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Thread: Useful Grammar and Syntax References On The Web

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    Wicked chicken AW Moderator evilrooster's Avatar
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    Lightbulb Useful Grammar and Syntax References On The Web

    Useful offsite references for grammar and style:

    Purdue Online Writing Lab: Grammar
    : a nice overview of some of the more basic -- but often problematic -- elements of English grammar.

    FactMonster's Grammar and Spelling Reference
    : Another good grammar overview.

    Alan Cooper's Homonyms: A bunch of words that sound alike but mean different things. A grate resource too help yew chews the write won wen inn doubt.


    How to use a semicolon
    : the Oatmeal's guide to "the most feared punctuation on earth"; combines memorable examples with unforgettable illustrations. (via Shadow Dragon)
    How and why to use whom in a sentence: the Oatmeal again, this time on "who" vs. "whom". With monocles. And steeds.
    Last edited by evilrooster; 08-21-2013 at 10:09 PM.
    An excerpt from Bigglethwaite & Windemere's Manual of Proper and Exquisite English on the Capitalisation of Historical Events.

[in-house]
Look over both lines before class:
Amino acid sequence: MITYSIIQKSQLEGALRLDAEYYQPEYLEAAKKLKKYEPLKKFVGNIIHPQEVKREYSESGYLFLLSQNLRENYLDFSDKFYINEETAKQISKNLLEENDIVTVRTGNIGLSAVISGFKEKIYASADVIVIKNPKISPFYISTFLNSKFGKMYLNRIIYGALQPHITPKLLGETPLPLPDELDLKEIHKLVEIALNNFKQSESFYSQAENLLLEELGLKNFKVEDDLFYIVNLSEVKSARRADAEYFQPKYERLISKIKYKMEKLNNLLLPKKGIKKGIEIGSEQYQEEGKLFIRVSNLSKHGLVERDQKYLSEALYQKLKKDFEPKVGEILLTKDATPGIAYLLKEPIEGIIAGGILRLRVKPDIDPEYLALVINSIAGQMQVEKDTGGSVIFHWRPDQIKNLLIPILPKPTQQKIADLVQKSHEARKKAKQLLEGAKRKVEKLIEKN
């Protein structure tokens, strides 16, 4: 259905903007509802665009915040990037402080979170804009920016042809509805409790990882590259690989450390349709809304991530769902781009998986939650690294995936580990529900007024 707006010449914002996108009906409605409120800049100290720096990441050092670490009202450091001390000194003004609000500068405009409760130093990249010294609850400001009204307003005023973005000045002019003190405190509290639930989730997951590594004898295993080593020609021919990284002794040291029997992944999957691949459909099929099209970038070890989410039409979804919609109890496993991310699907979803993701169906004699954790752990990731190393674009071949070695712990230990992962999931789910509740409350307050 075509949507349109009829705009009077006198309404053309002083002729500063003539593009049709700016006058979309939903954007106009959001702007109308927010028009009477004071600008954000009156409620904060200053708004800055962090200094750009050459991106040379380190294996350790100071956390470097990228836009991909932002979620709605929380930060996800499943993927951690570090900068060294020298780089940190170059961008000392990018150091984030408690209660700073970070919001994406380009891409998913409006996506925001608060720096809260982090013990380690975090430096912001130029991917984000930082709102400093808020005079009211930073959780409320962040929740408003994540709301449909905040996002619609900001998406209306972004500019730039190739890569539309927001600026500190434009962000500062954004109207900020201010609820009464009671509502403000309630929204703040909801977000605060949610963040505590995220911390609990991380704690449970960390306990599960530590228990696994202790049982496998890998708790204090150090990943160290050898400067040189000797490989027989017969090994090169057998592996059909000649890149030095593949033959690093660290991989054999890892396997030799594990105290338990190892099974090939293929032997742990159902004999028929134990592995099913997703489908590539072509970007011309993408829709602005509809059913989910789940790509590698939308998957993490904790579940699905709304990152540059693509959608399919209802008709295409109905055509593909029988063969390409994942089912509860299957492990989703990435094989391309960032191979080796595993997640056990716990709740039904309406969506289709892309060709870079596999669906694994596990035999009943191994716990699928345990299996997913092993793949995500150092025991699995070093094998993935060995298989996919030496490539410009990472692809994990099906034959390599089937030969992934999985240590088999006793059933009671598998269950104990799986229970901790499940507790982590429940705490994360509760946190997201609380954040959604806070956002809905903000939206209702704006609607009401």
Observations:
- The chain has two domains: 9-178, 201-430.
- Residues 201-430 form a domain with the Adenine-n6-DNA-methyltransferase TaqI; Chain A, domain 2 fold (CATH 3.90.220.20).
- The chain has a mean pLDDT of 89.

The capitalisation of historical terms is a matter of concern to many writers. The rule, though simple, requires and reveals the writer's judgment, opinions, and preconceptions, and should be applied with care:


    1. Matters of absolute importance should be capitalised.
    2. Matters of no wider historical import should have only their proper nouns capitalised.
    3. Matters which the author not only considers insignificant, but wishes had never occurred, should have all words rendered in lower-case.
    4. If the writer looks upon history as a kind of fantastical territory, and wishes to assert either that it is wildly unlikely or highly distorted, all matters that can be considered nouns of any sort should be capitalised


    B&W 2:14

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